Jb Knows

A Teen Writer’s Trip to the Top

I Was Just Thinking… About That Speech You Gave December 25, 2008

Can I just scream?  That would get it out.  Get IT out.  All out, all gone, it’s lost.  I’m lost.  Truly don’t know what to say.  Don’t get weird on you?  What is that supposed to mean?  On you?  Don’t be weird.  I was already weird, but you certainly are not helping.  This is driving me crazy.  You are driving me crazy!  Do you want me to be crazy?  It sure seems like your goal.  Get me alone, crazy, stupid.  (Alone.  We are alone.  Two stupid lonely souls combining to get… You are not alone.  You already have…) No, not stupid, terrible thing to say.  That someone so smart could be so stupid.  (Might have to take me out back and…)

Me?  Smart?  Smart aleck, smartastic, sarcastic?  Yes.  Smart?  No.
My blood is running cold and I am shaking.  Not from the cold, I’m used to the weather.  But this -this thing- makes me shiver, my hairs stand on end.  On end, the end.  Is this my end?  End is definite, death too final, too simple.  (Suicide is no longer an option.) The dead are cold.  Am I dead?  I think, therefore I am, therefore living.  Can I be and still be dead?  It’s not a physical cold, (physical.  Physical cold.  Physical hot.) it’s a psychological cold.  All in my head.  All in.  All or nothing, in my head.  Making it up, of course not intentionally.  Or, yes, intentionally, subconsciously.
Talking about it does not calm anybody down.  It is not up for discussion. (SHUT UP) It is to reflect and drive me crazy, but it is never to be discussed.  With anyone, especially you.  I cannot talk to you about you.  (You: the object of my affection, my attention.  My excuse for lack of attention to things others deem important.)
Take a pain killer, numb myself.  Hardly solves anything.  Seems that whenever I am numb is exactly when I need to feel.  (Feel what?  Feel who?  Feel life.)

 

The Best Things Are Those You Ignore

First thing in the morning, the shaking is not that bad. I’d stand with you for twenty minutes, but it won’t come to me. I’m not awake enough to feel the pain, remember why I am there. I’d stand there for twenty minutes, foolishly feeling happiness, but deep down I must know. The shaking starts up after first hour, passing time. I’m going towards your class, or at least next door. Chemistry. I walk in and instantly have to go to the water fountain. I need a drink. My mouth is dry and tastes like copper. I past you, sitting at the counter and hope you don’t look up. Or you are standing there, right outside your door. I keep walking, duck my head and you give me a strange look. You ask me on the way back if I am angry at, or if I am avoiding, you. I turn and walk into class, not answering the question.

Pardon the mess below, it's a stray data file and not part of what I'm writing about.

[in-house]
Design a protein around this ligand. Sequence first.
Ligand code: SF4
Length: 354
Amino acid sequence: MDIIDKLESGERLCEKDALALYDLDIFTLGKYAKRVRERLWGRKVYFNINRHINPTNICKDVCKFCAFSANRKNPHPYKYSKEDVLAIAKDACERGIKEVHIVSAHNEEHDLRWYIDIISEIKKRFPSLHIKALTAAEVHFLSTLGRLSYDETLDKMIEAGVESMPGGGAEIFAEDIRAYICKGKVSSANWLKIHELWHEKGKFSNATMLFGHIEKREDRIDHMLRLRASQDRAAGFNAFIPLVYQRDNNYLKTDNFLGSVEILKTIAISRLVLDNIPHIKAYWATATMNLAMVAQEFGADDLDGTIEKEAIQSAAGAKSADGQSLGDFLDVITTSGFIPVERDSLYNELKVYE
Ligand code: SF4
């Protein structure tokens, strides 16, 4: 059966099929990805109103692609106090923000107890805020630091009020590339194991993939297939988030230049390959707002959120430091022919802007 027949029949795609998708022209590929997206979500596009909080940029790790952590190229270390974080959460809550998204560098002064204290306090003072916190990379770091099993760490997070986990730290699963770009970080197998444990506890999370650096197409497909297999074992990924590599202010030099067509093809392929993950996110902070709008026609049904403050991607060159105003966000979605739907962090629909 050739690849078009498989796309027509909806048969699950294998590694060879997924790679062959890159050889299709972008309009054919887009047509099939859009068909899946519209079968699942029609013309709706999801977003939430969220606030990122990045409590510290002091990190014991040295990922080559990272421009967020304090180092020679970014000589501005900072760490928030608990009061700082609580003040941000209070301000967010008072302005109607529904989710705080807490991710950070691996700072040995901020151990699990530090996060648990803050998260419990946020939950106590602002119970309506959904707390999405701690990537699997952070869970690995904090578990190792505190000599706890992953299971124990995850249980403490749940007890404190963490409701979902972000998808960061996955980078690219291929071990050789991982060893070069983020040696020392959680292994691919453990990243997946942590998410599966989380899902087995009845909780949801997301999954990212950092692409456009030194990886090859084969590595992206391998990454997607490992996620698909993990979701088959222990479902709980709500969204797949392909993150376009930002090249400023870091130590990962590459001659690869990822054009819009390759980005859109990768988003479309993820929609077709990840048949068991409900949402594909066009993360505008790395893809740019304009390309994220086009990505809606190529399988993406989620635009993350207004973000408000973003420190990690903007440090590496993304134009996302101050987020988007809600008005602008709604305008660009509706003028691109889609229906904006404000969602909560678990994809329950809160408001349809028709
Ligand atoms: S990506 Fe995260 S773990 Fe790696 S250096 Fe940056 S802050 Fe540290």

I shake for the first fifteen minutes. At least. My partner, Heather, asks me what is wrong. I tell her that I’m just cold. Really cold. Tears swell up in my eyes and I fight them back. I hear you next door, talking to your class. You crack a joke and I hear everyone laugh. Someone goes over and closes the door, complaining about how loud you talk. Hey, I was listening to that.

It starts back up again the last five minutes. I have to past by your room to get to class. My feet turn me into your classroom while my head screams. Please don’t notice me shaking. Notice and fix it. I do not know what I want.

I now shake every passing time. I think that I might run into you, even though you are on the other side of the school. It’s possible, but not probable. So I write you these letters, hoping you would eventually understand without them. You’re not a mind reader, I will admit. Admitting is the first step to recovery.